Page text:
Evaluation of drought tolerance mechanisms in Mesoamerican dry bean genotypes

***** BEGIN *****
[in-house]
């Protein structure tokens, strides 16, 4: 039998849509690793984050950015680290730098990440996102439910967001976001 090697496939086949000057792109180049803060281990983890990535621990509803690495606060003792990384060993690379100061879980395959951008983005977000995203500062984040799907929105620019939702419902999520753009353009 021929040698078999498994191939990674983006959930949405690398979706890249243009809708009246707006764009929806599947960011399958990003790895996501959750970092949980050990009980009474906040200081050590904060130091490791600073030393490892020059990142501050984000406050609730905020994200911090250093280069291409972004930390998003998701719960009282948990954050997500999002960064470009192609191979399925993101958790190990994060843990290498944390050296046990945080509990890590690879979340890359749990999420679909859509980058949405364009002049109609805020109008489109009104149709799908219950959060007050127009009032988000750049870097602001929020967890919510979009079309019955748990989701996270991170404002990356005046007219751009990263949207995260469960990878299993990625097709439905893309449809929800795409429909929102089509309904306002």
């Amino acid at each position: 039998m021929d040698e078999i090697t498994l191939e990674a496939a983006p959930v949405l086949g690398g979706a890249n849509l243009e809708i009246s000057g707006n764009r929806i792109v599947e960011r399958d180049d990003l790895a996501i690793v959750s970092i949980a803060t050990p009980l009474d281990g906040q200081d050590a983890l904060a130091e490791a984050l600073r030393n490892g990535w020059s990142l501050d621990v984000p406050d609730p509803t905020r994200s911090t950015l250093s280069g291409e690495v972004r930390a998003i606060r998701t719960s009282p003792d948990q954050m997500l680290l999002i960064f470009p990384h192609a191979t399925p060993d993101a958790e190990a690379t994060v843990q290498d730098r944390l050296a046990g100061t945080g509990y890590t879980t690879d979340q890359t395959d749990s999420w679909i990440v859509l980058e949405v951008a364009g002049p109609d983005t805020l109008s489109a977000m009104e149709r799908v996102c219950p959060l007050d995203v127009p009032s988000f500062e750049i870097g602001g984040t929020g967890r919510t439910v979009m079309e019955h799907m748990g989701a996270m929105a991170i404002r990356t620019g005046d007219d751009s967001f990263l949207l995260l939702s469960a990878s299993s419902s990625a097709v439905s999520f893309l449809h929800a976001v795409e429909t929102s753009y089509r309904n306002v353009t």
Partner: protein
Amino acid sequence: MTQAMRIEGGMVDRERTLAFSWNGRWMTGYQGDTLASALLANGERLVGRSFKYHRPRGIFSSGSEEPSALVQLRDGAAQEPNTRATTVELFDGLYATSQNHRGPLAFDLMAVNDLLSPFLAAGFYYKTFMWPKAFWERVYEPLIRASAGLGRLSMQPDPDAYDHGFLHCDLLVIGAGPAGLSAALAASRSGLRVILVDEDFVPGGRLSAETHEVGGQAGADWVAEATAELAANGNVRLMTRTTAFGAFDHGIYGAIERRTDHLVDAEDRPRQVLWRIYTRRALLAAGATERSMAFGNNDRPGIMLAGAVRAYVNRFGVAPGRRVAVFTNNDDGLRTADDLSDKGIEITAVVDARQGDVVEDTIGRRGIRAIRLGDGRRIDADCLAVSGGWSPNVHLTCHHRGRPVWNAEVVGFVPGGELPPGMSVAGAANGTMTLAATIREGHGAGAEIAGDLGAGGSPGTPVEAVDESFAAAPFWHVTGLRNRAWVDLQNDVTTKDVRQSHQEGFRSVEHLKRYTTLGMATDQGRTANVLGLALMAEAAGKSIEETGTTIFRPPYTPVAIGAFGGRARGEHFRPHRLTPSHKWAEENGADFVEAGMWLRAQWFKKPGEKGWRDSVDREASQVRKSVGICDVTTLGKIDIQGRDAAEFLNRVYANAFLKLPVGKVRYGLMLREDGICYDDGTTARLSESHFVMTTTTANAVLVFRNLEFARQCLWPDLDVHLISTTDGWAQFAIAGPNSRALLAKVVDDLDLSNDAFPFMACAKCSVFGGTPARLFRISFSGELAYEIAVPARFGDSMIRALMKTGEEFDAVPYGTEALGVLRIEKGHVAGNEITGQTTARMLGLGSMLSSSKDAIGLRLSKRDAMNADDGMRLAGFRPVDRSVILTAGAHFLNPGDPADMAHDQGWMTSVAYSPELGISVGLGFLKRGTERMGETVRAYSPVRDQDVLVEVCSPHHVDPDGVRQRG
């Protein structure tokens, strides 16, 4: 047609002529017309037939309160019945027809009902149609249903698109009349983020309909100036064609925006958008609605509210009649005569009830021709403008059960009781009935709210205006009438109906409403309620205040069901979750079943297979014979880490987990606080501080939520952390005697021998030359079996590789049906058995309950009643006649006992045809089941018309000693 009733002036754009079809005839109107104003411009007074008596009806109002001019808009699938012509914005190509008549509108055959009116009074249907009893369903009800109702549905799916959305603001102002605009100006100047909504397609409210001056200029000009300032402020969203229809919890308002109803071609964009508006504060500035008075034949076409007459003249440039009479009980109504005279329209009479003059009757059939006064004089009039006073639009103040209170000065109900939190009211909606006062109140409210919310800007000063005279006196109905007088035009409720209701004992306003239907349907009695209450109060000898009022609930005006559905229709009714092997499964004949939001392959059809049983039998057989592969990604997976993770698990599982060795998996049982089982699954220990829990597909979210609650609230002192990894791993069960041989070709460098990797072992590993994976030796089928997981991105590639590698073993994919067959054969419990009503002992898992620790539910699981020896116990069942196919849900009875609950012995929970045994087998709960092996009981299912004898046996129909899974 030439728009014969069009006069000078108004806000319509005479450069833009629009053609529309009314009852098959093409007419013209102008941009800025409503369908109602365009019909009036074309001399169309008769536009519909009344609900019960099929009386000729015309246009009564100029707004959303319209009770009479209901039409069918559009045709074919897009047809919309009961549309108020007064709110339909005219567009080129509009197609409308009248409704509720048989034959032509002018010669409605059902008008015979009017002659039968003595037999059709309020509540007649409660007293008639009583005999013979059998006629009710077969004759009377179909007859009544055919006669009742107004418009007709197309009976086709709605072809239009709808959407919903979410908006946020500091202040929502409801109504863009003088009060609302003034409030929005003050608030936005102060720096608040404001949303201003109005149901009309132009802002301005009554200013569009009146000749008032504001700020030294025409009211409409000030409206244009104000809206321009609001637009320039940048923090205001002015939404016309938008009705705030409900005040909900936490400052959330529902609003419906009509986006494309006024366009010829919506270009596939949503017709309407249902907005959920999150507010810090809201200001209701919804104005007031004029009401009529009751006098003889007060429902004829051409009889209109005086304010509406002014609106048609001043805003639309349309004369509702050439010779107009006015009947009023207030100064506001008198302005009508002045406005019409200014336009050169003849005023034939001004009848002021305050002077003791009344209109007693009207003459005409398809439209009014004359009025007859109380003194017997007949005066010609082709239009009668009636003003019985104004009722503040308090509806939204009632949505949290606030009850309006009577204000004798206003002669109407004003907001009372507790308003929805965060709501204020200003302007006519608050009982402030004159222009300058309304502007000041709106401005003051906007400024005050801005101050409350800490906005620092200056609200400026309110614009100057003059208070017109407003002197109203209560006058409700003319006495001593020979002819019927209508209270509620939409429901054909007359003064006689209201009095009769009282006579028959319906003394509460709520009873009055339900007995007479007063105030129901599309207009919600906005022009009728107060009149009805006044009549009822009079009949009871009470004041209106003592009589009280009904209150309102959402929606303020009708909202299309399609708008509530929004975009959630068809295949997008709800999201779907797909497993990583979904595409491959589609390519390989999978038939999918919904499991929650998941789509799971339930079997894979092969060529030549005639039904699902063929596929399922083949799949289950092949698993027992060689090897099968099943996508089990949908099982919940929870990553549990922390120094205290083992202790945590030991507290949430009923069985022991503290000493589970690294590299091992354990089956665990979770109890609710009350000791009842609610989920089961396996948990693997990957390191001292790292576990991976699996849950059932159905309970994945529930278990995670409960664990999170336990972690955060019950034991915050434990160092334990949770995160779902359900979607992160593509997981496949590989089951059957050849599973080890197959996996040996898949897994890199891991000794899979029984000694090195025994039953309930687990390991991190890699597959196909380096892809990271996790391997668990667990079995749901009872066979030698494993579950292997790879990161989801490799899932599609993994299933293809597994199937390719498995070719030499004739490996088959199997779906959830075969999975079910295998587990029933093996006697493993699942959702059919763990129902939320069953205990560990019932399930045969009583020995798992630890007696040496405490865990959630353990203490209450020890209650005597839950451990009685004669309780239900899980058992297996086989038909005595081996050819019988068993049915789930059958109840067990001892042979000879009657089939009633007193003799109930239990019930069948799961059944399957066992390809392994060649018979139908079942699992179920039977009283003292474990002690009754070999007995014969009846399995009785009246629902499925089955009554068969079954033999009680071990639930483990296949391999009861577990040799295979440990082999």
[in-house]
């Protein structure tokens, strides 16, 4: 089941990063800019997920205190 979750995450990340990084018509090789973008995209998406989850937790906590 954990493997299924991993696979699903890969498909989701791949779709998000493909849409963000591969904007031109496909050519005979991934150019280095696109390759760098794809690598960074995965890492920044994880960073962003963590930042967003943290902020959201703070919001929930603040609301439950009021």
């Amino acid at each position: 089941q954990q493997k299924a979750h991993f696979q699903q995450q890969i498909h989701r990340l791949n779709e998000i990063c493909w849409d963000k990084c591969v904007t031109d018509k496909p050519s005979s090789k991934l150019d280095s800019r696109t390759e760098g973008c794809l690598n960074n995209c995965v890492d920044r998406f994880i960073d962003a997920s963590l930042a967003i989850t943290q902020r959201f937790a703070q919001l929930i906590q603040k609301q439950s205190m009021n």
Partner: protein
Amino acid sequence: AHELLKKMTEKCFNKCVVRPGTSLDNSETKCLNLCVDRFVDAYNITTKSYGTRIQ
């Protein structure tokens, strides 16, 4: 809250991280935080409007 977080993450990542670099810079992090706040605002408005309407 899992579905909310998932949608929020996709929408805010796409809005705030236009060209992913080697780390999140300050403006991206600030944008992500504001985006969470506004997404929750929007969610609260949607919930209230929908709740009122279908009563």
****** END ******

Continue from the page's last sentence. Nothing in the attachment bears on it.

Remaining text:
Drought is a major abiotic constraint to common bean (Phaseolus vulgaris L.) production globally. It results into yield losses of over 60% depending on severity, time and duration of occurrence. In the face of climate change and variability, droughts have become frequent and more severe in Kenya leading to reduced bean production. It is therefore important to curb further decline in dry bean production and enhance food security by developing drought tolerant varieties of dry bean. Of the two major dry bean gene pools, the small seeded Mesoamerican beans are considered to be more drought tolerant than the large seeded Andean beans. However, little has been done to develop drought tolerant bean varieties and to understand the mechanisms of drought tolerance in Kenya and East Africa in general. The objective of this study was to identify physiological and phenological traits associated with enhanced drought tolerance in Mesoamerican dry bean genotypes. Eighty-five small and medium seeded bean lines were evaluated for drought tolerance on-farm in Mwea in Kirinyaga County and on-station at Kabete Field Station of the University of Nairobi between April 2011 and March 2012. Participatory varietal selection was conducted in Mwea and Kabete Field Station to identify the most drought tolerant lines based on farmers‟ selection criteria. Selectors were well qualified dry bean farmers, traders and consumers. The on- station field trial at Kabete Field Station was used to study physiological mechanisms of adaptation to drought stress including stomatal control and assimilate partitioning. Both trials were conducted during the dry periods of the year to avoid unexpected moisture supply. The 85 Mesoamerican dry bean genotypes which included three market classes (navy beans, small reds and mixed colours), local and international checks with contrasting drought responses were tested under drought stress and non drought stress conditions. Irrigation was withheld at pre-flowering to induce moisture stress. Non destructive sampling of plants for canopy temperature, leaf chlorophyll and stomatal conductance measurements was conducted at flowering and mid-pod filling stages. At mid pod filling, destructive sampling of plants on a 0.5 m row of each genotype was conducted to determine genotypic differences in partitioning of dry matter to the stems, leaves and pods. Data on phenology including duration to flowering and physiological maturity, seed yield and yield components were also recorded. Shoot biomass was measured at physiological maturity. Soil moisture at soil depths of 0 to 80 cm was monitored every week from the time of moisture stress induction to physiological maturity in both treatments in order to indicate the level of moisture stress and need for irrigation on the non-water stress plots. Harvest index, pod harvest index, pod partitioning index and stem biomass reduction measurements were calculated for both drought stressed and non-water stress treatments. Stomatal conductance was measured at flowering and mid pod filling growth stages. The results indicated that under drought stress some genotypes such as DSR11-02, DSR11-21, DMC11-10, DMC11-11, DNB11-03, DNB11-07 as well as checks like SEA 15, KAT B1 and KATB9 exhibited a tendency to escape drought effects through accelerated reproductive development. Drought stress reduced grain yield by over 30% and harvest index by 15% for most of the dry bean genotypes with the mixed colours recording the highest reduction. Under drought stress, grain yield ranged between 400 kgha-1 and 800 kgha-1, while harvest index varied between 34 and 55%. Significant differences in dry matter partitioning among genotypes were observed with high yielding drought tolerant genotypes such as DSR11-08, DMC11-10, DNB11-10 and SEA15 having higher harvest indices than the susceptible genotypes like DMC11-14, DMC11-20, DNB11-13 and GLP585. Stomatal conductance was low under drought stress conditions and ranged between 36 mmm- 2s-1 and 206 mmm-2s-1. There was a strong correlation between grain yield under drought stress and plant attributes such as pod harvest index (r=0.40), pod partitioning index (r=0.89) and stem biomass reduction (r=0.32). Significant genotypic variation in drought tolerance existed among genotypes in the three market classes under drought stress and non drought stress conditions with navy beans showing more drought tolerance and mixed colours least drought tolerance. Performance of most test genotypes was comparable to international drought lines but better than all local checks in most aspects with an average yield advantage of about 25%. It was concluded that the best drought tolerant materials were high yielding under both drought stress and non drought stress conditions across different locations. They also displayed improved partitioning of dry matter and efficient remobilization towards the developing grain under drought stress which led to high yield. These genotypes also had a good stomatal control especially under drought stress. There is need for studies on root related traits enhancing drought tolerance in Mesoamerican dry bean genotypes.